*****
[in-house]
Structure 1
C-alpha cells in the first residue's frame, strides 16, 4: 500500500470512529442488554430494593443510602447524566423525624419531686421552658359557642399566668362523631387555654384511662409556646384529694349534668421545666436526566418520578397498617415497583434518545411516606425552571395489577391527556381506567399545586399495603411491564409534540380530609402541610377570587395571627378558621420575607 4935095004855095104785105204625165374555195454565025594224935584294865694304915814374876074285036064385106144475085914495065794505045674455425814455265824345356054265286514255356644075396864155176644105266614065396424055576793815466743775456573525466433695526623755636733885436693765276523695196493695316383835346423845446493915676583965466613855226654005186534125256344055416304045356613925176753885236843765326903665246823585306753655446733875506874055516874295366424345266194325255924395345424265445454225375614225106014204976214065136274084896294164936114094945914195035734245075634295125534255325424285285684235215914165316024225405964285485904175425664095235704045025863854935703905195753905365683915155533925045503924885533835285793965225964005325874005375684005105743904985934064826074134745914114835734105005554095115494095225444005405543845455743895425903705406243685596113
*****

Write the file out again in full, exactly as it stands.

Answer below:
[in-house]
Structure 1
C-alpha cells in the first residue's frame, strides 16, 4: 500500500470512529442488554430494593443510602447524566423525624419531686421552658359557642399566668362523631387555654384511662409556646384529694349534668421545666436526566418520578397498617415497583434518545411516606425552571395489577391527556381506567399545586399495603411491564409534540380530609402541610377570587395571627378558621420575607 4935095004855095104785105204625165374555195454565025594224935584294865694304915814374876074285036064385106144475085914495065794505045674455425814455265824345356054265286514255356644075396864155176644105266614065396424055576793815466743775456573525466433695526623755636733885436693765276523695196493695316383835346423845446493915676583965466613855226654005186534125256344055416304045356613925176753885236843765326903665246823585306753655446733875506874055516874295366424345266194325255924395345424265445454225375614225106014204976214065136274084896294164936114094945914195035734245075634295125534255325424285285684235215914165316024225405964285485904175425664095235704045025863854935703905195753905365683915155533925045503924885533835285793965225964005325874005375684005105743904985934064826074134745914114835734105005554095115494095225444005405543845455743895425903705406243685596113